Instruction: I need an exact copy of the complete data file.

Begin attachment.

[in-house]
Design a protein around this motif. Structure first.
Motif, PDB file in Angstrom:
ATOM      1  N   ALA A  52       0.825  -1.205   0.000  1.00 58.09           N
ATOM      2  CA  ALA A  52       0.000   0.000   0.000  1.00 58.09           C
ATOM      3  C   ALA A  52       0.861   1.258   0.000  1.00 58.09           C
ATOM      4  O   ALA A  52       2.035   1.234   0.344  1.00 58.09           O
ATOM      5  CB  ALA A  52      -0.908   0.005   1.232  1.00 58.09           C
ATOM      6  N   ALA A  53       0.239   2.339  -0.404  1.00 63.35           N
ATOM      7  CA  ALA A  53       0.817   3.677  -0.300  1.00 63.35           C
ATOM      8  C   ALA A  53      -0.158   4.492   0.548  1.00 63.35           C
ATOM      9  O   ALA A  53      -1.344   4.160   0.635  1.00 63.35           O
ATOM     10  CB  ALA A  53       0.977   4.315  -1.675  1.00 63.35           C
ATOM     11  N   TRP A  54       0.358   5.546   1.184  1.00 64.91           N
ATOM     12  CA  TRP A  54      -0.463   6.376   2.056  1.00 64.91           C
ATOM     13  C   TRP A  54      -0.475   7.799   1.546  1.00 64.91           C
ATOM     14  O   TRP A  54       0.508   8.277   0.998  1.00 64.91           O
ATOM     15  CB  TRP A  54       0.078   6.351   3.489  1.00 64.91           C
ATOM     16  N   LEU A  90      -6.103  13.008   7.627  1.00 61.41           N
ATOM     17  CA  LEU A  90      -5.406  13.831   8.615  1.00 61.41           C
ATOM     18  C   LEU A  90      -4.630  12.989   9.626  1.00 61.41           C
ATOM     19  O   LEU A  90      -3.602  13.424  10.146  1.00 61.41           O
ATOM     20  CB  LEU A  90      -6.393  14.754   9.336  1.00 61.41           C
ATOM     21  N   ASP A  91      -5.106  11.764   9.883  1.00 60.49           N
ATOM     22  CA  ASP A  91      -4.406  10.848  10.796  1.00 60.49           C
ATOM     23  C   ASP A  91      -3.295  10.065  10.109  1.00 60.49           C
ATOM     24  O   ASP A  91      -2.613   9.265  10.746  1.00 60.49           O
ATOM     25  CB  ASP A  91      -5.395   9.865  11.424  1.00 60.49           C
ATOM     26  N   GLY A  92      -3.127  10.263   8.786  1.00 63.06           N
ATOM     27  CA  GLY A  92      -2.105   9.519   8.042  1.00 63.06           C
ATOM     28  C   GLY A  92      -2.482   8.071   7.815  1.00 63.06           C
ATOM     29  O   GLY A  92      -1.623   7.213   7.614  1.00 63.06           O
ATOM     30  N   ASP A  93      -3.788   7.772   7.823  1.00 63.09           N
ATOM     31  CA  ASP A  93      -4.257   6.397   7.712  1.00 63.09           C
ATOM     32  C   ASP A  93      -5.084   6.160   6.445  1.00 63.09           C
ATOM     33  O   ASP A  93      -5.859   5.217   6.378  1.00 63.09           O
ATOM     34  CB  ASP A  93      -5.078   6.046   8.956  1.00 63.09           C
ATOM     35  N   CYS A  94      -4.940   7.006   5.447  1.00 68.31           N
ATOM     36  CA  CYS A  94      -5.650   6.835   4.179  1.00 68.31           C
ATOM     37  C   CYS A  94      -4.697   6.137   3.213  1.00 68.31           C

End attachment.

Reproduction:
[in-house]
Design a protein around this motif. Structure first.
Motif, PDB file in Angstrom:
ATOM      1  N   ALA A  52       0.825  -1.205   0.000  1.00 58.09           N
ATOM      2  CA  ALA A  52       0.000   0.000   0.000  1.00 58.09           C
ATOM      3  C   ALA A  52       0.861   1.258   0.000  1.00 58.09           C
ATOM      4  O   ALA A  52       2.035   1.234   0.344  1.00 58.09           O
ATOM      5  CB  ALA A  52      -0.908   0.005   1.232  1.00 58.09           C
ATOM      6  N   ALA A  53       0.239   2.339  -0.404  1.00 63.35           N
ATOM      7  CA  ALA A  53       0.817   3.677  -0.300  1.00 63.35           C
ATOM      8  C   ALA A  53      -0.158   4.492   0.548  1.00 63.35           C
ATOM      9  O   ALA A  53      -1.344   4.160   0.635  1.00 63.35           O
ATOM     10  CB  ALA A  53       0.977   4.315  -1.675  1.00 63.35           C
ATOM     11  N   TRP A  54       0.358   5.546   1.184  1.00 64.91           N
ATOM     12  CA  TRP A  54      -0.463   6.376   2.056  1.00 64.91           C
ATOM     13  C   TRP A  54      -0.475   7.799   1.546  1.00 64.91           C
ATOM     14  O   TRP A  54       0.508   8.277   0.998  1.00 64.91           O
ATOM     15  CB  TRP A  54       0.078   6.351   3.489  1.00 64.91           C
ATOM     16  N   LEU A  90      -6.103  13.008   7.627  1.00 61.41           N
ATOM     17  CA  LEU A  90      -5.406  13.831   8.615  1.00 61.41           C
ATOM     18  C   LEU A  90      -4.630  12.989   9.626  1.00 61.41           C
ATOM     19  O   LEU A  90      -3.602  13.424  10.146  1.00 61.41           O
ATOM     20  CB  LEU A  90      -6.393  14.754   9.336  1.00 61.41           C
ATOM     21  N   ASP A  91      -5.106  11.764   9.883  1.00 60.49           N
ATOM     22  CA  ASP A  91      -4.406  10.848  10.796  1.00 60.49           C
ATOM     23  C   ASP A  91      -3.295  10.065  10.109  1.00 60.49           C
ATOM     24  O   ASP A  91      -2.613   9.265  10.746  1.00 60.49           O
ATOM     25  CB  ASP A  91      -5.395   9.865  11.424  1.00 60.49           C
ATOM     26  N   GLY A  92      -3.127  10.263   8.786  1.00 63.06           N
ATOM     27  CA  GLY A  92      -2.105   9.519   8.042  1.00 63.06           C
ATOM     28  C   GLY A  92      -2.482   8.071   7.815  1.00 63.06           C
ATOM     29  O   GLY A  92      -1.623   7.213   7.614  1.00 63.06           O
ATOM     30  N   ASP A  93      -3.788   7.772   7.823  1.00 63.09           N
ATOM     31  CA  ASP A  93      -4.257   6.397   7.712  1.00 63.09           C
ATOM     32  C   ASP A  93      -5.084   6.160   6.445  1.00 63.09           C
ATOM     33  O   ASP A  93      -5.859   5.217   6.378  1.00 63.09           O
ATOM     34  CB  ASP A  93      -5.078   6.046   8.956  1.00 63.09           C
ATOM     35  N   CYS A  94      -4.940   7.006   5.447  1.00 68.31           N
ATOM     36  CA  CYS A  94      -5.650   6.835   4.179  1.00 68.31           C
ATOM     37  C   CYS A  94      -4.697   6.137   3.213  1.00 68.31           C